Meditation is an ideal way to pray. Using God's word (Lectio Divina) allows me to hear, listen and reflect on what the Lord wants to say to me - to one of his disciples - just like He did two thousand years ago.
The best time to reflect is at the beginning of the day and for at least 15 to 30 minutes.
Prior to going to sleep, read the Mass readings for the next day and then, in the morning, reflect on the Meditation offered on this website.
I hope these daily meditations allow you to know, love and imitate the Lord in a more meaningful way.
God bless you!

Tuesday, December 27, 2011

John 20: 1-8 Holding On For Dear Life

John 20: 1-8 Holding On For Dear Life

(Click here for readings)

When Simon Peter arrived after him, he went into the tomb and saw the burial cloths there, and the cloth that had covered his head, not with the burial cloths but rolled up in a separate place. Then the other disciple also went in, the one who had arrived at the tomb first, and he saw and believed.

Two days after Christ’s birth do I see things differently? Is this another Christmas that has simply come and gone? Am I relieved it is over? Well, let’s not rush back so quickly to our daily grind! The Church will continue to celebrate Christ’s birth for another six days! Yes, we will continue to proclaim, celebrate and contemplate on the scandal of God becoming man, God becoming flesh and blood, God becoming an infant.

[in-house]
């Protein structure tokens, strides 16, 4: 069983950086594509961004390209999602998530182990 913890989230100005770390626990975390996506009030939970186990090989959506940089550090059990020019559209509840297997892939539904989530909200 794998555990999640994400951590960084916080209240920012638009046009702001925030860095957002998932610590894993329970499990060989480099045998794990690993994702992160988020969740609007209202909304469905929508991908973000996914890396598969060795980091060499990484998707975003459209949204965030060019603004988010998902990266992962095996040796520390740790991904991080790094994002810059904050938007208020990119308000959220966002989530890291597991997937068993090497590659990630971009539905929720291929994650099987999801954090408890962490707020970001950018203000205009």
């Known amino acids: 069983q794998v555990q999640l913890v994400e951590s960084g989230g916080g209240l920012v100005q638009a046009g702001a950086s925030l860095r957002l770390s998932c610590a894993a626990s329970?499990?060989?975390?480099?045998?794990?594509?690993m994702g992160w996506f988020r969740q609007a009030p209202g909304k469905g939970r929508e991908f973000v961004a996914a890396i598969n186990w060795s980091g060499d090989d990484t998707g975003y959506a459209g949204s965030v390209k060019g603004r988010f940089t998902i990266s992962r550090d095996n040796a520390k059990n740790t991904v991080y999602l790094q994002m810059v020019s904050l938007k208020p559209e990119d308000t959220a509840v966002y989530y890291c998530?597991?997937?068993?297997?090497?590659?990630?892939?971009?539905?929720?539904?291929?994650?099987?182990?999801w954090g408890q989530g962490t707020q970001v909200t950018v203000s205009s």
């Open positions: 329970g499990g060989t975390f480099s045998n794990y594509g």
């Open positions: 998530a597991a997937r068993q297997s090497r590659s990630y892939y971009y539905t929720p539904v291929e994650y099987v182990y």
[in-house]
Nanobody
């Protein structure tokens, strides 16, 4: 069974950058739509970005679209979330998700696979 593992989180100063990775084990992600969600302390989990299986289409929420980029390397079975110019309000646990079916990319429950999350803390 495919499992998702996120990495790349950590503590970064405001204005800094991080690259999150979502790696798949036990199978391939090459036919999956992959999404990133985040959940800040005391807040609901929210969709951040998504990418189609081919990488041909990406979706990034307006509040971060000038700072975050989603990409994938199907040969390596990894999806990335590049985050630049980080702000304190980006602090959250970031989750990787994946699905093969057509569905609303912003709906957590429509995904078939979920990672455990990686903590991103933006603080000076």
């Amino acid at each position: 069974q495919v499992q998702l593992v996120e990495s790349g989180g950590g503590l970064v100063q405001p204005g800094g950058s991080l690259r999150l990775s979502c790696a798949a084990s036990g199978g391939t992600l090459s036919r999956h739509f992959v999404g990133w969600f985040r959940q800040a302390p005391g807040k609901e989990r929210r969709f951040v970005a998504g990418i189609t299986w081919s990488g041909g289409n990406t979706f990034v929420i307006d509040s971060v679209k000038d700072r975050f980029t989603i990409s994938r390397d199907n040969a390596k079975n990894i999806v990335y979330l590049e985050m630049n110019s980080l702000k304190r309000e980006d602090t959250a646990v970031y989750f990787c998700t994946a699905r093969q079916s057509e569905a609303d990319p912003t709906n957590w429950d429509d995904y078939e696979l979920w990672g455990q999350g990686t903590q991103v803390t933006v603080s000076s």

Think about it for a moment. Christ’s physical presence must have kept the Apostles going when they went through the dark nights of their souls. They must have recalled and repeated in their hearts and minds, “What was from the beginning, what we have heard, what we have seen with our eyes, what we looked upon and touched with our hands, concerns the Word of life - for the life was made visible; we have seen it and testify to it and proclaim to you the eternal life that was with the Father and was made visible to us.” (1Jn 1-4). The Apostle John wrote like this because to encourage his dying brothers and sisters to hold on for dear life to their faith. We too must learn from him. Regardless of the pain and suffering we endure, let us never forget the intimate contact we have had with the Lord. Let’s not wish Christmas away right away.

As I write this meditation, I do so from John F. Kennedy airport in New York City. I am finally excited about my trip to the Holy Land. It will be a beautiful continuation of Christ’s birth, Christ’s miracles, Christ’s sermons and Christ’s passion and resurrection. I just found out that when we visit Bethlehem, I will be celebrating Christmas Day Mass again! When we visit Jerusalem, the Mass will be of Easter Sunday. It turns out, regardless of the time of year, that all groups have permission from Rome to celebrate the Liturgy that corresponds to the life of Christ in that particular location. How wonderful! How amazing! How eternal! How everlasting! The City of God on earth! If only I would do that in my heart, mind and soul every day of my life!

Grant, we pray, almighty God, that the Word made flesh, proclaimed by the blessed Apostle John, may, through this mystery which we have celebrated, ever dwell among us. Through Christ our Lord. Amen.